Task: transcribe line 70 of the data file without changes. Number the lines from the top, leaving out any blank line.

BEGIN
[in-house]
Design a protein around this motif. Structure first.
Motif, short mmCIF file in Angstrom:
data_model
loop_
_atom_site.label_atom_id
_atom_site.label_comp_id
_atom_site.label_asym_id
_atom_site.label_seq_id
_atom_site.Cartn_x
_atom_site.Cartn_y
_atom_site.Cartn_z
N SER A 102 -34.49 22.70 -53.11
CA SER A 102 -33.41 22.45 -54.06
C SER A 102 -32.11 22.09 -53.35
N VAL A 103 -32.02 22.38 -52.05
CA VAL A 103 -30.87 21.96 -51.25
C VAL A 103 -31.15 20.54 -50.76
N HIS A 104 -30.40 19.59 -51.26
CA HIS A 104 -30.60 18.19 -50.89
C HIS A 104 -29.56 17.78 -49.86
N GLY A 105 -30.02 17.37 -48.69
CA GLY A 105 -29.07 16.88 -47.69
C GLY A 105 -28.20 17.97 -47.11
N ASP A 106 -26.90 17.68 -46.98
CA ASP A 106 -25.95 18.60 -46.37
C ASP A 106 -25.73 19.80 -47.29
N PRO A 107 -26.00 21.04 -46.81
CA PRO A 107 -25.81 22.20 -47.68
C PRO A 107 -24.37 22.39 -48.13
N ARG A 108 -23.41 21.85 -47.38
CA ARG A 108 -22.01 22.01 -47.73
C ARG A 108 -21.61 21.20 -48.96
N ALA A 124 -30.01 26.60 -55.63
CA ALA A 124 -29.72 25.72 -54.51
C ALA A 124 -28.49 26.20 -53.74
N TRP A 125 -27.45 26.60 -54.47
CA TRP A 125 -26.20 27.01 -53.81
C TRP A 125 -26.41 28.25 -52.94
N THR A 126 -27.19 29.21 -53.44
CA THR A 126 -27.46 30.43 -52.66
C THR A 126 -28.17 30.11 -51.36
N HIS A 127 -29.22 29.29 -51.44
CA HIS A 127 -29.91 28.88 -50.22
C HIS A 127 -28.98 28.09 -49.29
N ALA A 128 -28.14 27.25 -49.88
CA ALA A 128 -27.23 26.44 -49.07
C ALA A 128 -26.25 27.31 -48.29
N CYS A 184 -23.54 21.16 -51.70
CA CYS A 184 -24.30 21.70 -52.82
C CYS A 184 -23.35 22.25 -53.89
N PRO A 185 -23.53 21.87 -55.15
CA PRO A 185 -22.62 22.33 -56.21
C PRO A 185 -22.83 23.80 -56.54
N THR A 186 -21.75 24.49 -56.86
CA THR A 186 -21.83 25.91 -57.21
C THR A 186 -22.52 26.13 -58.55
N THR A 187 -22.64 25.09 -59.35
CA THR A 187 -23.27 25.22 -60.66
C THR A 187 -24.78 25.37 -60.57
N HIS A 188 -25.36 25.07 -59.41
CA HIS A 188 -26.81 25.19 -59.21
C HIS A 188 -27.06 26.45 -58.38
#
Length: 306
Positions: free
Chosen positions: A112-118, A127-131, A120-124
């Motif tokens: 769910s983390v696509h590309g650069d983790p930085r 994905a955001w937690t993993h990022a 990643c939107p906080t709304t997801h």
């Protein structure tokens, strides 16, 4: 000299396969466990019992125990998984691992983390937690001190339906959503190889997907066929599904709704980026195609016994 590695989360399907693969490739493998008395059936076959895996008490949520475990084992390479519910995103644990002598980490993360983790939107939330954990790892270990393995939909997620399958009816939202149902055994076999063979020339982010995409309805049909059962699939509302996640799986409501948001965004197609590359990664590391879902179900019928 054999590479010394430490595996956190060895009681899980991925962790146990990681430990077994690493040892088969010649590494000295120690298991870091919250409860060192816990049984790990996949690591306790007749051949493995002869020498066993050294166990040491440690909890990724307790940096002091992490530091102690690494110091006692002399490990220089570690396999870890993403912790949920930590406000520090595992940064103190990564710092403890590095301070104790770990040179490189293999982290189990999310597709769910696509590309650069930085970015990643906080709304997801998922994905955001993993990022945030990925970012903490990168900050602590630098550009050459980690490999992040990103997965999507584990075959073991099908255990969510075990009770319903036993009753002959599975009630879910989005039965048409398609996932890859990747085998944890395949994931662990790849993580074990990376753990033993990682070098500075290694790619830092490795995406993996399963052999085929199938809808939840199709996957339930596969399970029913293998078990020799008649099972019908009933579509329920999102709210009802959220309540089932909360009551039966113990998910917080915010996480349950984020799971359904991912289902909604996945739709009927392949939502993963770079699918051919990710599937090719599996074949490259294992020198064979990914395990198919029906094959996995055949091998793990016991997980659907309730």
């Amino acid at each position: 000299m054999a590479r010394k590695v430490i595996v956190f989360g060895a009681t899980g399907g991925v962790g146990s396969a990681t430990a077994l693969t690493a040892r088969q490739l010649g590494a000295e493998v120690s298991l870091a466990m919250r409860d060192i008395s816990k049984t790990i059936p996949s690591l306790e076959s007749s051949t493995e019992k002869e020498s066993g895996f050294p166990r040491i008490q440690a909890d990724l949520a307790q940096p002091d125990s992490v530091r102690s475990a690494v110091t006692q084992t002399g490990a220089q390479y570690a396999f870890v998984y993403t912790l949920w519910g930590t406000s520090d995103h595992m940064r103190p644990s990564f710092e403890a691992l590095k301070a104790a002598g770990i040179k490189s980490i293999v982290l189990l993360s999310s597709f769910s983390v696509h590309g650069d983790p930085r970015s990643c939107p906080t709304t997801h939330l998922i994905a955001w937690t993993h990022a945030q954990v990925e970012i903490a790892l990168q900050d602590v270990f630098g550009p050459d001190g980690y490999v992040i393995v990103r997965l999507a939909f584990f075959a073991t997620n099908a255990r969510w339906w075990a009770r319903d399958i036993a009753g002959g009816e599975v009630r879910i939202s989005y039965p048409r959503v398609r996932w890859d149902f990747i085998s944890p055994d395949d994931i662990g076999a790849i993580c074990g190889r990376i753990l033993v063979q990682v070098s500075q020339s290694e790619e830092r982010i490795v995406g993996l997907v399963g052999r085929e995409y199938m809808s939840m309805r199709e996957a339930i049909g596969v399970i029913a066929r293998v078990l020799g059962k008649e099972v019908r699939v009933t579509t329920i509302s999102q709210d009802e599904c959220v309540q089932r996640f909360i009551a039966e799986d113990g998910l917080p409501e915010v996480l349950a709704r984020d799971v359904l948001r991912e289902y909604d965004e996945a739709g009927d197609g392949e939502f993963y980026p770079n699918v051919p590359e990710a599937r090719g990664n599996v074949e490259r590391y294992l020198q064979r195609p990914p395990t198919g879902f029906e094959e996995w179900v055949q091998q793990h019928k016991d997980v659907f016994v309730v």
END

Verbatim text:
């Amino acid at each position: 000299m054999a590479r010394k590695v430490i595996v956190f989360g060895a009681t899980g399907g991925v962790g146990s396969a990681t430990a077994l693969t690493a040892r088969q490739l010649g590494a000295e493998v120690s298991l870091a466990m919250r409860d060192i008395s816990k049984t790990i059936p996949s690591l306790e076959s007749s051949t493995e019992k002869e020498s066993g895996f050294p166990r040491i008490q440690a909890d990724l949520a307790q940096p002091d125990s992490v530091r102690s475990a690494v110091t006692q084992t002399g490990a220089q390479y570690a396999f870890v998984y993403t912790l949920w519910g930590t406000s520090d995103h595992m940064r103190p644990s990564f710092e403890a691992l590095k301070a104790a002598g770990i040179k490189s980490i293999v982290l189990l993360s999310s597709f769910s983390v696509h590309g650069d983790p930085r970015s990643c939107p906080t709304t997801h939330l998922i994905a955001w937690t993993h990022a945030q954990v990925e970012i903490a790892l990168q900050d602590v270990f630098g550009p050459d001190g980690y490999v992040i393995v990103r997965l999507a939909f584990f075959a073991t997620n099908a255990r969510w339906w075990a009770r319903d399958i036993a009753g002959g009816e599975v009630r879910i939202s989005y039965p048409r959503v398609r996932w890859d149902f990747i085998s944890p055994d395949d994931i662990g076999a790849i993580c074990g190889r990376i753990l033993v063979q990682v070098s500075q020339s290694e790619e830092r982010i490795v995406g993996l997907v399963g052999r085929e995409y199938m809808s939840m309805r199709e996957a339930i049909g596969v399970i029913a066929r293998v078990l020799g059962k008649e099972v019908r699939v009933t579509t329920i509302s999102q709210d009802e599904c959220v309540q089932r996640f909360i009551a039966e799986d113990g998910l917080p409501e915010v996480l349950a709704r984020d799971v359904l948001r991912e289902y909604d965004e996945a739709g009927d197609g392949e939502f993963y980026p770079n699918v051919p590359e990710a599937r090719g990664n599996v074949e490259r590391y294992l020198q064979r195609p990914p395990t198919g879902f029906e094959e996995w179900v055949q091998q793990h019928k016991d997980v659907f016994v309730v």